2
  • 4
    Can you add some explanation to your code? What if array_search returns false?
    – Nico Haase
    Mar 11, 2019 at 15:23
  • I do not recommend that researchers use this unstable and unexplained snippet. Feb 13, 2021 at 17:44
4

Depending whether it's the value, the key or both you want to find and replace on you could do something like this:

$array = json_decode( str_replace( $replace, $with, json_encode( $array ) ), true );

I'm not saying this is the most efficient or elegant, but nice and simple.

1
  • This makes partial matches/replacements, not necessarily whole value replacements. Dec 13, 2022 at 11:36
4

What about array_walk() with callback?

$array = ['*pasta', 'cola', 'pizza'];
$search = '*';
$replace = '\*';
array_walk($array,
    function (&$v) use ($search, $replace){
        $v = str_replace($search, $replace, $v);    
    }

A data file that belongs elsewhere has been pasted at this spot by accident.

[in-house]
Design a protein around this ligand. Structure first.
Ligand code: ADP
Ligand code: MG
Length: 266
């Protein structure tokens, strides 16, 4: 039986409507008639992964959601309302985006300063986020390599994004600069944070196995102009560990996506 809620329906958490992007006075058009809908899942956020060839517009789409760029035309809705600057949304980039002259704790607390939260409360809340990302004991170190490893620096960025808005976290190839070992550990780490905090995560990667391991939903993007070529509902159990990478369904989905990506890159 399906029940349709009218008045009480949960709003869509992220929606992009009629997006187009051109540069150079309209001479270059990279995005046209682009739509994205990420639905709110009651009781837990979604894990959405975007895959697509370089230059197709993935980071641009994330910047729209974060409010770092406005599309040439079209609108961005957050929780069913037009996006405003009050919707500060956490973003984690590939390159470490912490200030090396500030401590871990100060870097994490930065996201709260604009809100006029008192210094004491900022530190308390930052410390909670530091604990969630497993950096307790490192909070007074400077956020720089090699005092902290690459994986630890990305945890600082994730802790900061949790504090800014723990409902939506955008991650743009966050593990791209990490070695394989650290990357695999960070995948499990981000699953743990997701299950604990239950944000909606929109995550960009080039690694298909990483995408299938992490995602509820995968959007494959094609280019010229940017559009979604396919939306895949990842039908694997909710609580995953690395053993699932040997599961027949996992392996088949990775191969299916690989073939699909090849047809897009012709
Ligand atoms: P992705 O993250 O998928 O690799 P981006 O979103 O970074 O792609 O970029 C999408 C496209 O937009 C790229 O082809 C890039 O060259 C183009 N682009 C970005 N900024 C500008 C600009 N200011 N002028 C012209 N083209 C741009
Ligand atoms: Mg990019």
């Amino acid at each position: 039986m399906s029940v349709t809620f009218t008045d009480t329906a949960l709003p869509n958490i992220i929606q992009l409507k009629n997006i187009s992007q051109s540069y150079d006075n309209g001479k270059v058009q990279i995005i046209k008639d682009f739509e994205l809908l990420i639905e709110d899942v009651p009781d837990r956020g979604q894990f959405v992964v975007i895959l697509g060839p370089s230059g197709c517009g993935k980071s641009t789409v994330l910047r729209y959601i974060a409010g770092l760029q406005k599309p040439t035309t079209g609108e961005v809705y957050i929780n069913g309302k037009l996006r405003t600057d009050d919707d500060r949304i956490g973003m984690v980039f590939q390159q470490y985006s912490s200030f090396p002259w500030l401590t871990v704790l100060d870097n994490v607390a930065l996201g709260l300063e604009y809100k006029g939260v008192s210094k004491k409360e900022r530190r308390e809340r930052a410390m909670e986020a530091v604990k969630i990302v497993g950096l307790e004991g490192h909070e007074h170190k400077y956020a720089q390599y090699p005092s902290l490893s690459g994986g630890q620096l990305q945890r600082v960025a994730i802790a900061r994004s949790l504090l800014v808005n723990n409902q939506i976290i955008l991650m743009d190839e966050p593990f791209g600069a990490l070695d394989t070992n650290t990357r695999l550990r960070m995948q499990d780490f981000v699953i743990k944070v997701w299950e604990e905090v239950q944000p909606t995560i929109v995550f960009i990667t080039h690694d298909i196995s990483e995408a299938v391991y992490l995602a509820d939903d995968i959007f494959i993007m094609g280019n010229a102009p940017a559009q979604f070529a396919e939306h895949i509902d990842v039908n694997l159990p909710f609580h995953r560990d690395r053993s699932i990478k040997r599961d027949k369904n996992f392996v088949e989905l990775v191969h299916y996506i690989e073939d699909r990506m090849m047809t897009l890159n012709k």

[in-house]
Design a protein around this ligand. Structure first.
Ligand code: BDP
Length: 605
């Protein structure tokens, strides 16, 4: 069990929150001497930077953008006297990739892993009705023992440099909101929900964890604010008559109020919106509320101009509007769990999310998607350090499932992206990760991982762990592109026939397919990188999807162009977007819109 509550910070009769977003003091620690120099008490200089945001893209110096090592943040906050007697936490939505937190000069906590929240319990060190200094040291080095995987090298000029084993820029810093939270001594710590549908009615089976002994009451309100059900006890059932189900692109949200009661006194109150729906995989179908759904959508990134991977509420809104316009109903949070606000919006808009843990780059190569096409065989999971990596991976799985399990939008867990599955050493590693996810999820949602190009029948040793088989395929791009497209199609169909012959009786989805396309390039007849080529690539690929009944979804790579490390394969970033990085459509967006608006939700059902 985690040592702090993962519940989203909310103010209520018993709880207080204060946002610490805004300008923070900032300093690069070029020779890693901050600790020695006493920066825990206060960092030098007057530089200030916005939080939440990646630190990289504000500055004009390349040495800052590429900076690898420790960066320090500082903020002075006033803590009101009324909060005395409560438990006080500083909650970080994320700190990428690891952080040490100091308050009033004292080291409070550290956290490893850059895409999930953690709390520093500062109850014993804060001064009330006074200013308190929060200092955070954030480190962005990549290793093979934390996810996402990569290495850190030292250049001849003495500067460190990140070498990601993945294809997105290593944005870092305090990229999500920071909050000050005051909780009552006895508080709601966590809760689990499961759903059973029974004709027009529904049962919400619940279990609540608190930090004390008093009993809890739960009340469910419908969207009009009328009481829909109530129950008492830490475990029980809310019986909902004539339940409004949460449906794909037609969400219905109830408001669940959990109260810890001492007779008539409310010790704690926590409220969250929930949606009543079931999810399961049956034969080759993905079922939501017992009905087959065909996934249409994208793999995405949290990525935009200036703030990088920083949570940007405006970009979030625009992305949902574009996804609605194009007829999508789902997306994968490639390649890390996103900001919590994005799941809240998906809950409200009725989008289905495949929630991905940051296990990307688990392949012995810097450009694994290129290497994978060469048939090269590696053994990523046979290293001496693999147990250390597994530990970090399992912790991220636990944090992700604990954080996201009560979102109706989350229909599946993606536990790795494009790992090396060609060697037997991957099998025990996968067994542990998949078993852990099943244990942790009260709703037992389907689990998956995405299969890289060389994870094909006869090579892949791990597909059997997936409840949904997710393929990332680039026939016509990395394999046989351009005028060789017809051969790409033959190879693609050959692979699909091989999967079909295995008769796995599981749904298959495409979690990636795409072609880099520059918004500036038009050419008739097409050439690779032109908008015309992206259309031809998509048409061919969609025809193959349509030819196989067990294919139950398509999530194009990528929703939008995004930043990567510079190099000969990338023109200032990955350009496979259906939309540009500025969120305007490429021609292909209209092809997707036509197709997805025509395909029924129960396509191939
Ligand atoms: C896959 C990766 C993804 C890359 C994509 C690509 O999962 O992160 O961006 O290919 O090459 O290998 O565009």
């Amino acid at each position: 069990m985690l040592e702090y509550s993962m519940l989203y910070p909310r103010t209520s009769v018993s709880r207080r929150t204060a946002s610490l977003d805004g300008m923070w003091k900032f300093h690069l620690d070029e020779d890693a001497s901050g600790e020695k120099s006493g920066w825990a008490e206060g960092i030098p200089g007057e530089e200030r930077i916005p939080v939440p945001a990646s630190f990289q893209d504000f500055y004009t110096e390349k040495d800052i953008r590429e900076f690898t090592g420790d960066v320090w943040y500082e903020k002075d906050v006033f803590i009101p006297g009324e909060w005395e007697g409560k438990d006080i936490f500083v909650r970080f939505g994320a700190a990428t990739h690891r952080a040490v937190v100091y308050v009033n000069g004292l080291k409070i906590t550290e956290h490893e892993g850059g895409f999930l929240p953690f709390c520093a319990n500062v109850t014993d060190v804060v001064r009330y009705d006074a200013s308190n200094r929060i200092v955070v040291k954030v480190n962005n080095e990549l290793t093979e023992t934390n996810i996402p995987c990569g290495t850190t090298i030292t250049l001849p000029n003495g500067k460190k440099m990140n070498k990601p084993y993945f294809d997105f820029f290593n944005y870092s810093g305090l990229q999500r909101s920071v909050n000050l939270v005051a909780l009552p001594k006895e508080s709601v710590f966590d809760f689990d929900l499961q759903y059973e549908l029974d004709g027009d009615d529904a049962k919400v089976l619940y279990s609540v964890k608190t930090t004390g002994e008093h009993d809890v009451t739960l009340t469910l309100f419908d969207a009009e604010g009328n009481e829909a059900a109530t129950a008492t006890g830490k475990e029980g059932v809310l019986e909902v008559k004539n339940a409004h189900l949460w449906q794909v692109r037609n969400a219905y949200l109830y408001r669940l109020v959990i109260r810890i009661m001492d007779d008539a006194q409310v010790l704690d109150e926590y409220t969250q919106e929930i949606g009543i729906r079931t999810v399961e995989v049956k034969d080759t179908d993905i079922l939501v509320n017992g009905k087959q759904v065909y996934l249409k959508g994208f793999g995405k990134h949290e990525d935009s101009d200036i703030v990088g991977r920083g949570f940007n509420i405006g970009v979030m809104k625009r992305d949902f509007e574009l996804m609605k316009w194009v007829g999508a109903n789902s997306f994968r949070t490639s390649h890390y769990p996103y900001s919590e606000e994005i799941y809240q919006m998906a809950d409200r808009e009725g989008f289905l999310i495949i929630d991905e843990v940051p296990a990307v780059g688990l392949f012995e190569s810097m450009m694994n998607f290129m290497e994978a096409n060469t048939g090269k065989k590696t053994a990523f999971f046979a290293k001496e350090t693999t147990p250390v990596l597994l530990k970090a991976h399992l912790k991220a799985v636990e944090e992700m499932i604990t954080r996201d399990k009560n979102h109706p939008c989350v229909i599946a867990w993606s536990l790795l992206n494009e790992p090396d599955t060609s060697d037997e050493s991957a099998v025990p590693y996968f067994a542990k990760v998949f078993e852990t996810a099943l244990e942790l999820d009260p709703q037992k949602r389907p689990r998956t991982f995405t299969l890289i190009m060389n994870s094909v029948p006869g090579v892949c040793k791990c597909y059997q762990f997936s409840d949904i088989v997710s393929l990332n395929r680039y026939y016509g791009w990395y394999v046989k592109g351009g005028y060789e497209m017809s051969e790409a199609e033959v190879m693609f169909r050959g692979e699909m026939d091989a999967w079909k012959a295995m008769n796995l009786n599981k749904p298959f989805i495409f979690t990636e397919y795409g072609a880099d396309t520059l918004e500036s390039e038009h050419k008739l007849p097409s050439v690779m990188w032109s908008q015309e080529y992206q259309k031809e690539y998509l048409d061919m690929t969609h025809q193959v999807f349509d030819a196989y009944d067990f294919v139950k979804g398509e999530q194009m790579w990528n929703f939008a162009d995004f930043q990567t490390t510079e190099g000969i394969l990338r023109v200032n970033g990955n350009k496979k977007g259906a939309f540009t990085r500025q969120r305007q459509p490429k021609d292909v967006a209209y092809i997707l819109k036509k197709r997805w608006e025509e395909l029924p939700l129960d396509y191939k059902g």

);  
print_r($array);
1
  • This makes partial matches/replacements, not necessarily whole value replacements. Dec 13, 2022 at 11:34
1

Based on Deept Raghav's answer, I created the follow solution that does regular expression search.

$arr = [
    'Array Element 1',
    'Array Element 2',
    'Replace Me',
    'Array Element 4',
];

$arr = array_replace(
    $arr,
    array_fill_keys(
        array_keys(
            preg_grep('/^Replace/', $arr)
        ),
        'Array Element 3'
    )
);

echo '<pre>', var_export($arr), '</pre>';

PhpFiddle: http://phpfiddle.org/lite/code/un7u-j1pt

1
  • This makes partial matches/replacements, not necessarily whole value replacements. Dec 13, 2022 at 11:37
1

PHP 8, a strict version to replace one string value into another:

array_map(static fn (string $value): string => $value === $find ? $replace : $value, $array); 

An example - replace value foo by bar:

array_map(static fn (string $value): string => $value === 'foo' ? 'bar' : $value, $array);
1